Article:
Kotlin Class & Objects - OOPS

  • In our previous post, we talked about the Classes and Objects in Kotlin. This post covers the same concept from a different perspective. 
  • We have different types in Kotlin to store data such as Integers, Booleans, String, etc. These are pre-defined data types in Kotlin. What if we want to store Student Information or if we want to store information about Employees etc?
  • For storing this data, we can define our own data types in Kotlin using classes i.e. User-Defined Data Types. User-Defined data types allow us to store related information for an entity. 
  • Let's say we want to store information about Cars like the name of Car, type of engine, seating capacity - we can define a type of Car using a class. Defining a type helps to store information as a unit. We can also define the methods i.e. the actions a car can perform in the same unit. 

fun main() {
    val beetle = Car("Beetle", "Petrol", 4)

class Car(val name: String, val type: String, val seatingCapacity: Int)
    fun driveCar() = println("$name is driving")
    fun applyBrakes() = println("Brakes applied on car - $name")
Explanation - 
  • Here we have defined a type named Car that stores information about Cars. We can create multiple objects of this type just like we do for Integers or Strings.
  • Inside the main method, Car object is created where you pass in the information about that Car. We have also defined few methods like driveCar and applyBrakes that perform some actions.
  • Every class has some properties and methods. In this case, properties are name, type, and seating capacity and methods are driveCar and applyBrakes.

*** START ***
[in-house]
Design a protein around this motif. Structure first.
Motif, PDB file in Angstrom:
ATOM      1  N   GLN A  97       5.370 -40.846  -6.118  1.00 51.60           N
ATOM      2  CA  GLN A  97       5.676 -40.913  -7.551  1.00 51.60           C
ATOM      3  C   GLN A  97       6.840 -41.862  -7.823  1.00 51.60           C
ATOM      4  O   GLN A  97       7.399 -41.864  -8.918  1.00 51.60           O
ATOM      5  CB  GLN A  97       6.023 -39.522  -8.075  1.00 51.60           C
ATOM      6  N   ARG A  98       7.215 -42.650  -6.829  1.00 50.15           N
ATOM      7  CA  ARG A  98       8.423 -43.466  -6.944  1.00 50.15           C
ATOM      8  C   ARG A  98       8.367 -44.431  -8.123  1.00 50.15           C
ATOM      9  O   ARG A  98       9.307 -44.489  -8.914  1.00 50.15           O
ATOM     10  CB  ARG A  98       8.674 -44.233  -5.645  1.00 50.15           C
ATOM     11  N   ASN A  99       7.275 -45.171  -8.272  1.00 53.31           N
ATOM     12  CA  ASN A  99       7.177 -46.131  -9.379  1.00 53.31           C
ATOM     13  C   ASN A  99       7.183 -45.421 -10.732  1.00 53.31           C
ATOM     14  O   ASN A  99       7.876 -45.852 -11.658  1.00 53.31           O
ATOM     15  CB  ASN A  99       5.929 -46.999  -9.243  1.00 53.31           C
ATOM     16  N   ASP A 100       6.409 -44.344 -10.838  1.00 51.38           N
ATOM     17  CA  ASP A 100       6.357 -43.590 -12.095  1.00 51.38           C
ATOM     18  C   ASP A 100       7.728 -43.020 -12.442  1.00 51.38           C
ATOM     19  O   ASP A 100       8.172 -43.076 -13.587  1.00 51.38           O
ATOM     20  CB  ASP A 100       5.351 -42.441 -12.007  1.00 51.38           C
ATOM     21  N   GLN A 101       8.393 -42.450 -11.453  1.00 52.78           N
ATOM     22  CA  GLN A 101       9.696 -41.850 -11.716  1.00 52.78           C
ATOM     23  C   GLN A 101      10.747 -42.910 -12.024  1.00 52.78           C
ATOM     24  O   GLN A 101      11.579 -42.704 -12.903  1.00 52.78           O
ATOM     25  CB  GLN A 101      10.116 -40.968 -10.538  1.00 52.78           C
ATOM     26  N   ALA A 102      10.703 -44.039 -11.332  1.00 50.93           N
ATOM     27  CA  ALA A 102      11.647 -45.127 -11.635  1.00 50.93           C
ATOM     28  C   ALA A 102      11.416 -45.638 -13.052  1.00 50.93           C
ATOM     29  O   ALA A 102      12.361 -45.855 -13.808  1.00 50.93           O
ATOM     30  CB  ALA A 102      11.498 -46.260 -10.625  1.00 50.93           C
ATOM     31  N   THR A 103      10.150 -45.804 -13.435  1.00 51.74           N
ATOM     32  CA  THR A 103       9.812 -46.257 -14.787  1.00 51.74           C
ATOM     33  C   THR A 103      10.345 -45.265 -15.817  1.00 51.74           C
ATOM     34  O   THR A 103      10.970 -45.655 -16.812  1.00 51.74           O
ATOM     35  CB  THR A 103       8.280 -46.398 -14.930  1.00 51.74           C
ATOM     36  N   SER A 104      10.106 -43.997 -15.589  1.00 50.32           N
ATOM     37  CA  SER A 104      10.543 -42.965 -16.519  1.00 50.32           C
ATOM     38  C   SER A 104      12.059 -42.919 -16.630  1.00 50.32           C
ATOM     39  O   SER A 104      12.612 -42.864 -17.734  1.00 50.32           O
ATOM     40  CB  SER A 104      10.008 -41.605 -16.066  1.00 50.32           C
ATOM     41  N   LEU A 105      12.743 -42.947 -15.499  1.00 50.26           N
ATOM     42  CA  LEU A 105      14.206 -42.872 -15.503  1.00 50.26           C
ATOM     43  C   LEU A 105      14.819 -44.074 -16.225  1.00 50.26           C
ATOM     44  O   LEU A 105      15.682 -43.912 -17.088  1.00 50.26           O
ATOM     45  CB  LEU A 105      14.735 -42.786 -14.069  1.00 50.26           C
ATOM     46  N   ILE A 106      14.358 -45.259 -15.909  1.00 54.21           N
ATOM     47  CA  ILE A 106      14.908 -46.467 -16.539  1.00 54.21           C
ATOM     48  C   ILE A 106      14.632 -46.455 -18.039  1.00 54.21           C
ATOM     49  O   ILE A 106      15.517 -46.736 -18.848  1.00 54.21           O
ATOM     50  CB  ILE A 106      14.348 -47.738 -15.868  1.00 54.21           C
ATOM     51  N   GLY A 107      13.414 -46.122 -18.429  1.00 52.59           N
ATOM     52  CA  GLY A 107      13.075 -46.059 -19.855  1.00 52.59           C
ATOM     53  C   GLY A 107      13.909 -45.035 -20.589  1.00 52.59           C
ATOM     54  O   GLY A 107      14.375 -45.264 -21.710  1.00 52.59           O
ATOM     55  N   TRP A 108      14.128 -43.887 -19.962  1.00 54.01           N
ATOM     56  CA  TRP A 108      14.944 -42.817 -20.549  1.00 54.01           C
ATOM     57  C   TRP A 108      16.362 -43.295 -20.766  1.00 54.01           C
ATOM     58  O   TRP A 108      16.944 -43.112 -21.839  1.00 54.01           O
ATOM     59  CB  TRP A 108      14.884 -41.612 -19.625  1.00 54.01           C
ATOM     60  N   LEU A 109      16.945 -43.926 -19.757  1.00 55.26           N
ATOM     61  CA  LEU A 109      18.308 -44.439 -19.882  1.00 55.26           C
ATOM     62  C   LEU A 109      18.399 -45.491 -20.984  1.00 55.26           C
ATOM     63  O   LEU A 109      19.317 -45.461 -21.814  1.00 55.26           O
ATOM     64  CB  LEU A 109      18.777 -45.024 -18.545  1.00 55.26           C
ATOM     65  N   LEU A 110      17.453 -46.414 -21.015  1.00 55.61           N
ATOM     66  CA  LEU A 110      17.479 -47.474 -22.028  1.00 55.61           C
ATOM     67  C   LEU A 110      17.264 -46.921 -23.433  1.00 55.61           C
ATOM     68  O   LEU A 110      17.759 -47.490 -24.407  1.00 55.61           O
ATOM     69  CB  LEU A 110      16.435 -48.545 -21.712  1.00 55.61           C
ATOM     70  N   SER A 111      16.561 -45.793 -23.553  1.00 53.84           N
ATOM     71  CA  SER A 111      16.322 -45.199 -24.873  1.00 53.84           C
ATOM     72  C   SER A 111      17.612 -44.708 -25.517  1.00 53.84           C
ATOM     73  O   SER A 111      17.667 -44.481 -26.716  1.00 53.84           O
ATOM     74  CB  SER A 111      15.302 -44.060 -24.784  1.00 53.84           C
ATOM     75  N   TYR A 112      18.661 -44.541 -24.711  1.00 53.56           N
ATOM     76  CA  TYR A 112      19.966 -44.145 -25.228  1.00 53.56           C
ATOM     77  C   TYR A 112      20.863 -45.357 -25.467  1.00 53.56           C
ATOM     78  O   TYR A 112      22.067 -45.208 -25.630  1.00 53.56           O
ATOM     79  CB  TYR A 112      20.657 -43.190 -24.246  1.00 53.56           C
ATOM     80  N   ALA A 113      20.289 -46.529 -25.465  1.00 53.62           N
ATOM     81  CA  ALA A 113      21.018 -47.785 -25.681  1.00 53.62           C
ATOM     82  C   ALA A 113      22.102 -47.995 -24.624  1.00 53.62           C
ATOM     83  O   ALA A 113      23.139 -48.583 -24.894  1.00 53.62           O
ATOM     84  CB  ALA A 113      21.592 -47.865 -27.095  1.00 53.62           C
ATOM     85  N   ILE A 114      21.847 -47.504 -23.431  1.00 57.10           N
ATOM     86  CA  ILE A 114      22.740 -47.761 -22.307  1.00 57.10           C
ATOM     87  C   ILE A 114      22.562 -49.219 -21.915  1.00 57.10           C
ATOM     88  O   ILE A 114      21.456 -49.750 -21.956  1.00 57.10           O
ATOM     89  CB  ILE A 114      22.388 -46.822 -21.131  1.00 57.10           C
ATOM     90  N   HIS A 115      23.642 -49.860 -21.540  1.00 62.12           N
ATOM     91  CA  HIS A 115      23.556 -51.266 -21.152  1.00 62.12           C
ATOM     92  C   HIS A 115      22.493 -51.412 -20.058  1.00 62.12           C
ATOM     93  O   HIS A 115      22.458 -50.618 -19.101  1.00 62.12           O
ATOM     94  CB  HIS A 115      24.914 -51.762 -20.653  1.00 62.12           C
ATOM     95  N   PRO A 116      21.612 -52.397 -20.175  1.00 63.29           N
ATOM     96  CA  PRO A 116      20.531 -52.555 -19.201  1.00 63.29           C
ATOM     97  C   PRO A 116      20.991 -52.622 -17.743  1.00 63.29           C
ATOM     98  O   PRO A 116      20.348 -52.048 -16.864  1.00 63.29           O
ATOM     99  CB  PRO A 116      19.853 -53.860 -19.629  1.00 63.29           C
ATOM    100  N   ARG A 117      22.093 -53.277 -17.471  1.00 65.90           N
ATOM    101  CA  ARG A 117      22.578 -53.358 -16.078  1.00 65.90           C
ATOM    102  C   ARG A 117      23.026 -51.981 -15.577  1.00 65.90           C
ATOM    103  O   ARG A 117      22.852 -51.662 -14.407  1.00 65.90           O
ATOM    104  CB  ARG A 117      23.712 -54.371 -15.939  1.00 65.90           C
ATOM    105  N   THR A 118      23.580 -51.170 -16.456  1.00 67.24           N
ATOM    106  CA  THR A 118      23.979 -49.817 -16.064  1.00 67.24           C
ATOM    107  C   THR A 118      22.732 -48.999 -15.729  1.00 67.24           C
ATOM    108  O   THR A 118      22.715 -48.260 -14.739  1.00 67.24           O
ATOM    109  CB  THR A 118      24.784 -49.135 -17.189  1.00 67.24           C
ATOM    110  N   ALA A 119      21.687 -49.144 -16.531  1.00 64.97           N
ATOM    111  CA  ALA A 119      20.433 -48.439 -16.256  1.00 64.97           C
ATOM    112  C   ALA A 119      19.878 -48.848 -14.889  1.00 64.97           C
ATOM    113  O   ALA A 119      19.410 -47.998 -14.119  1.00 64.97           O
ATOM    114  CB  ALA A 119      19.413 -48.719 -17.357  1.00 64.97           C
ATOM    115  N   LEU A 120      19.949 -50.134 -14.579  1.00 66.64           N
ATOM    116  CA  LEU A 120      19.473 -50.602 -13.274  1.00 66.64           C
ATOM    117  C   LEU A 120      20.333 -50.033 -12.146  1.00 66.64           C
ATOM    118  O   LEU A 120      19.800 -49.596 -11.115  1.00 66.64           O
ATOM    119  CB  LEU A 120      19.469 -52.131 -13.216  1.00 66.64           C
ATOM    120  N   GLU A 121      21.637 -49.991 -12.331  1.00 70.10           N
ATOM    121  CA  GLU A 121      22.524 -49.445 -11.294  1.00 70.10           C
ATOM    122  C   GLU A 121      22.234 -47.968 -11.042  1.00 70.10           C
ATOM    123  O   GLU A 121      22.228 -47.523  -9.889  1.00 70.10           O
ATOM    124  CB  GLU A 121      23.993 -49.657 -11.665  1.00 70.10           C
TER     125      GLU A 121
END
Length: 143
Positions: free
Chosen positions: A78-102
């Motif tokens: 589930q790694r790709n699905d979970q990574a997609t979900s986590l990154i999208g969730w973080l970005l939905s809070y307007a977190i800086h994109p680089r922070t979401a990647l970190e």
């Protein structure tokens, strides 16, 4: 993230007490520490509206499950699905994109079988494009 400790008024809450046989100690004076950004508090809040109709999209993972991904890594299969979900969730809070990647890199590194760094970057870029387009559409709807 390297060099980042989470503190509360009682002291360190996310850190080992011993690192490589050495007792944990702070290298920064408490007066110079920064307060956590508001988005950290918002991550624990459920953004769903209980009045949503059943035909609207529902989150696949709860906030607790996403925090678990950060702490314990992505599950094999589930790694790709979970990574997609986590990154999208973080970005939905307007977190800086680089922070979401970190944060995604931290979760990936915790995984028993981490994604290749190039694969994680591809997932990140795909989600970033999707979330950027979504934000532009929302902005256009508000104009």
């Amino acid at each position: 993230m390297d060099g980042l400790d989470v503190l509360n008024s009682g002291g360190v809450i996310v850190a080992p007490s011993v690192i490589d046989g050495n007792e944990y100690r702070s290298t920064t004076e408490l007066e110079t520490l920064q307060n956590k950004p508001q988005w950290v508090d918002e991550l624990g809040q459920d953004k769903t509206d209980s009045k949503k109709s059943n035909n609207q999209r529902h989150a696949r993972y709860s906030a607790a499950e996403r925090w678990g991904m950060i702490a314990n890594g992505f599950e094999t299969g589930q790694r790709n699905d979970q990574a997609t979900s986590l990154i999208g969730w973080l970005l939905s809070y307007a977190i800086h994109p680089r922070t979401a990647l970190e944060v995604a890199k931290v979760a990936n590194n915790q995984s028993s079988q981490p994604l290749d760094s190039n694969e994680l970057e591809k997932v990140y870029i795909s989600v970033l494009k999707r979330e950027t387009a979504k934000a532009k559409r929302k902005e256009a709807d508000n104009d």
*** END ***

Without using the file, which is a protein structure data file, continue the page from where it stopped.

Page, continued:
• These methods act according to the data stored in the properties. Let's say, there is a fuel property as well. To drive a car, you need to have fuel, so inside your drive car method, you should add a check that if fuel is greater than 0 then only you will be able to drive that car.

State and Behavior

  • Each object has a state that is defined by the current values of the properties. Based on this state, methods behave differently. 
  • Methods act according to the current state of the object. For example - if fuel > 0 then driveCar method will behave differently and if fuel < 0 then driveCar method should behave differently.

Objects - Behind The Scenes

  • Each object has a different memory location where the data is stored. When you create an object, memory is allocated to the object, and a reference of that memory location is assigned to the object.
  • Variables do not contain the actual object they just store the reference of the object. So when you access the properties of the object using dot operator i.e. beetle.name - reference of the object is used to access the memory location and data is fetched using this reference.

  • A variable reference is stored in one part of the memory called stack and the actual object is stored inside a different part of the memory called Heap. 
  • For instance, in this statement  - val beetle = Car("Beetle", "Petrol", 2) - beetle is a reference variable - it contains the memory address of the object and stored on the stack whereas the actual Car object is stored in Heap memory which is Car("Beetle", "Petrol", 2).
  • Based on the type, runtime allocates the memory to the object then it assigns the default values to the newly created object that you have passed. Once the object is created, the reference of that object is stored inside the reference variable.

That's it for this article. For more articles on Kotlin Tutorials For Beginner Series - refer to this.

Happy Learning !! Cheers From CheezyCode.


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